Web 2.0 and Beyond-Participation Culture on the Web

Web 2.0 and Beyond-Participation Culture on the Web

August-Wilhelm Scheer (Institute for Information Systems (IWi), Germany)
DOI: 10.4018/978-1-60566-014-1.ch208
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Abstract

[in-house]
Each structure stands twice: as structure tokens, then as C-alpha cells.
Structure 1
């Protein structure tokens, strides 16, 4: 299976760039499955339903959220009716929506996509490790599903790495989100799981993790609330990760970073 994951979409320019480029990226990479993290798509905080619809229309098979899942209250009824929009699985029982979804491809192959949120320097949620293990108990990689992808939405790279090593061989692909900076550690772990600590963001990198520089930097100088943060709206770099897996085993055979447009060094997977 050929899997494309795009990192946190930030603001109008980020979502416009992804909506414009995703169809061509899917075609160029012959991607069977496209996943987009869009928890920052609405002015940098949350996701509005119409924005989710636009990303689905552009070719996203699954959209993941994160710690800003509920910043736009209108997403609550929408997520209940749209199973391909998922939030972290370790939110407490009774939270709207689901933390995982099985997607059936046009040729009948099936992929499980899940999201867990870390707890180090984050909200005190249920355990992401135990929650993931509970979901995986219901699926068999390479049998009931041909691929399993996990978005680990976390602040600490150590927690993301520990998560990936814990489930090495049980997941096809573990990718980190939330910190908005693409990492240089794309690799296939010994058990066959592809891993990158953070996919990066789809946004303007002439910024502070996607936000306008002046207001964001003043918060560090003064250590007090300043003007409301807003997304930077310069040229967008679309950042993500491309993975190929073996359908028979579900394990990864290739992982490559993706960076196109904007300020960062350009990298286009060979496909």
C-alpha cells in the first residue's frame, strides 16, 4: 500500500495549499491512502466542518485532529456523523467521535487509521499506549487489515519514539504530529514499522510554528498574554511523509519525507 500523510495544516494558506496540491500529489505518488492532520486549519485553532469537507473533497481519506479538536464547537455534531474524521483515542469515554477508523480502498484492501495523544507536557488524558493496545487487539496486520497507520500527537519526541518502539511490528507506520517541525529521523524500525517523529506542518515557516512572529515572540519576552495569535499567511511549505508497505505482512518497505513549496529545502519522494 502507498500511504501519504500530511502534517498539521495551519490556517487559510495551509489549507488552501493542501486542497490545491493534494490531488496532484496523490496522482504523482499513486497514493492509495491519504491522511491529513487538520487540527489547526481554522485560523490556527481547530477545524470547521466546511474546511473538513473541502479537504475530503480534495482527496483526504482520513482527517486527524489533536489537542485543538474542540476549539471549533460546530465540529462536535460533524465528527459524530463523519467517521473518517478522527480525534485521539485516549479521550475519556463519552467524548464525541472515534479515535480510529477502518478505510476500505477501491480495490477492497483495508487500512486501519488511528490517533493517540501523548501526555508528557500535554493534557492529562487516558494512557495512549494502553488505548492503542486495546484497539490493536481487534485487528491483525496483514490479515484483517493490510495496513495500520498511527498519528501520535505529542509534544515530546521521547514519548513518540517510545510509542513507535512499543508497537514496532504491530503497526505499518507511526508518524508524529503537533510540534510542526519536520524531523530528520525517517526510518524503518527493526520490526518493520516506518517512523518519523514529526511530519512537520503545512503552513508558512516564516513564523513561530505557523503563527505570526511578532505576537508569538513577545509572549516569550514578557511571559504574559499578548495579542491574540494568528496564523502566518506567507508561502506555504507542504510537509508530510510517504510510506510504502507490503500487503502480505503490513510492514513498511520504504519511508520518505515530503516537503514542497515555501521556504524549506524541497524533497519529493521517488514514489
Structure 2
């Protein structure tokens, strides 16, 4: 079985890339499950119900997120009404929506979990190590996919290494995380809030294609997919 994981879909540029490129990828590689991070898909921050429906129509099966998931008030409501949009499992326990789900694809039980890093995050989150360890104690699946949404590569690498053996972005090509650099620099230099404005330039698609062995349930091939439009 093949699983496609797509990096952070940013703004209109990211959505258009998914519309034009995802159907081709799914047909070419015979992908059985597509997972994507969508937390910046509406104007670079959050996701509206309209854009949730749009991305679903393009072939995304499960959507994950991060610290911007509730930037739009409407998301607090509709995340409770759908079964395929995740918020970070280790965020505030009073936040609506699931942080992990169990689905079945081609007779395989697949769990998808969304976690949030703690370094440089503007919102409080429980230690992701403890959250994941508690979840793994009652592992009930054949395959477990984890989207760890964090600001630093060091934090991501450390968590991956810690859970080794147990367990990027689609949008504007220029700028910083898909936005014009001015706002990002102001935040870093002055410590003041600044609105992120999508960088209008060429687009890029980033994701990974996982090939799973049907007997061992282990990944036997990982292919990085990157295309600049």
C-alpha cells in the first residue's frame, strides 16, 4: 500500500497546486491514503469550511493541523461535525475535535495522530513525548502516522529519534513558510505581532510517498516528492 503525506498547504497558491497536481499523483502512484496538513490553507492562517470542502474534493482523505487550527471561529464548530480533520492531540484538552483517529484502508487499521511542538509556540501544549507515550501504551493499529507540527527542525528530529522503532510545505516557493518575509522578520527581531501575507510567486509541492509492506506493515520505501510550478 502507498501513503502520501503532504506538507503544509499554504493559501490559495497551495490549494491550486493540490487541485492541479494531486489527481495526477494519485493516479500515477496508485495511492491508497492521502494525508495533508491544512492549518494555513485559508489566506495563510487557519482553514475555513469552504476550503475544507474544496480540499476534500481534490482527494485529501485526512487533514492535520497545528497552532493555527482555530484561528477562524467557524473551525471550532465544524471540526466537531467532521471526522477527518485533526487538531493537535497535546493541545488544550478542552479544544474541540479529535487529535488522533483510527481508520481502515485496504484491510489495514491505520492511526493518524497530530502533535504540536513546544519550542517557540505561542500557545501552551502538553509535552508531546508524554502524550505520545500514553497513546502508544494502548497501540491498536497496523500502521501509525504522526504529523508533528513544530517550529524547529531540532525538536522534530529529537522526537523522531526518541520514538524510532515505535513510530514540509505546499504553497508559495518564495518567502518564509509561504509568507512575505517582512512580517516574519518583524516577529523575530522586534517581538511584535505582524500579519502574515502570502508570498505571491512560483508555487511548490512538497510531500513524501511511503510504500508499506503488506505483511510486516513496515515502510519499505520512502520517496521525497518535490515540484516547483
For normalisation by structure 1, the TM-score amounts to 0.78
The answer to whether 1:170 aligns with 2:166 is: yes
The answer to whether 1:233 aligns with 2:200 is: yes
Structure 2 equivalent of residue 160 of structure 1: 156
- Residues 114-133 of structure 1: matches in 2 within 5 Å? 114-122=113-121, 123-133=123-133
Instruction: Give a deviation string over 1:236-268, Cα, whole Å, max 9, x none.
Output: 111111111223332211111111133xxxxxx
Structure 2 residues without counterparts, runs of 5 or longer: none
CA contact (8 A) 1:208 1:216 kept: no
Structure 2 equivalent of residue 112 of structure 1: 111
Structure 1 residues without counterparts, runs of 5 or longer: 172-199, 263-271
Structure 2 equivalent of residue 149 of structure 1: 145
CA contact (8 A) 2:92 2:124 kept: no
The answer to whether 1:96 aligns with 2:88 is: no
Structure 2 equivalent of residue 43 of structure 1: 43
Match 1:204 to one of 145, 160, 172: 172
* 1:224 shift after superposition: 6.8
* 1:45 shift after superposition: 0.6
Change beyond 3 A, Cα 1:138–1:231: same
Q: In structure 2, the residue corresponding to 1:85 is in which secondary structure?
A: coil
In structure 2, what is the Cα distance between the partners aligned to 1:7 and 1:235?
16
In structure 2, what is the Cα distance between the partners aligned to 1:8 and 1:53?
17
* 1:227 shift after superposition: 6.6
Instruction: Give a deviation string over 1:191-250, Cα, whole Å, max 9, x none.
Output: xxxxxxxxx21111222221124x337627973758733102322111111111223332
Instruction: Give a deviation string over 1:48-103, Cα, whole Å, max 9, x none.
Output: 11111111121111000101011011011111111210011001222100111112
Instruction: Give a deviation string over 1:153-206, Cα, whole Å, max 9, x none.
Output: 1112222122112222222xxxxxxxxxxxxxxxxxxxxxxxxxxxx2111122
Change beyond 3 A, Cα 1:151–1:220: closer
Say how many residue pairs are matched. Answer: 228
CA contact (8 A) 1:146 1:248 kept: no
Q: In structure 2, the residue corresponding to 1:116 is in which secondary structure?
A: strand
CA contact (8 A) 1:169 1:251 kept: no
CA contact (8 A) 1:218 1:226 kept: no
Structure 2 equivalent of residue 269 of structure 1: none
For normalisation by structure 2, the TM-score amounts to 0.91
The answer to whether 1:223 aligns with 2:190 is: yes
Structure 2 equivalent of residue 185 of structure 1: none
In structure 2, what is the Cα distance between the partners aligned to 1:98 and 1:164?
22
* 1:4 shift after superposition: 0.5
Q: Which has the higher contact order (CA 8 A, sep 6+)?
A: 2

The emergence of what we call today the World Wide Web, the WWW, or simply the Web, dates back to 1989 when Tim Berners-Lee proposed a hypertext system to manage information overload at CERN, Switzerland (Berners-Lee, 1989). This article outlines how his approaches evolved into the Web that drives today’s information society and explores its full potentials still ahead. The formerly known wide-area hypertext information retrieval initiative quickly gained momentum due to the fast adoption of graphical browser programs and standardization activities of the World Wide Web Consortium (W3C). In the beginning, based only on the standards of HTML, HTTP, and URL, the sites provided by the Web were static, meaning the information stayed unchanged until the original publisher decided for an update. For a long time, the WWW, today referred to as Web 1.0, was understood as a technical mean to publish information to a vast audience across time and space. Data was kept locally and Web sites were only occasionally updated by uploading files from the client to the Web server. Application software was limited to local desktops and operated only on local data. With the advent of dynamic concepts on server-side (script languages like hypertext preprocessor (PHP) or Perl and Web applications with JSP or ASP) and client-side (e.g., JavaScript), the WWW became more dynamic. Server-side content management systems (CMS) allowed editing Web sites via the browser during run-time. These systems interact with multiple users through PHP-interfaces that push information into server-side databases (e.g., mySQL) which again feed Web sites with content. Thus, the Web became accessible and editable not only for programmers and “techies” but also for the common user. Yet, technological limitations such as slow Internet connections, consumer-unfriendly Internet rates, and poor multimedia support still inhibited a mass-usage of the Web. It needed broad-band Internet access, flat rates, and digitalized media processing to catch on.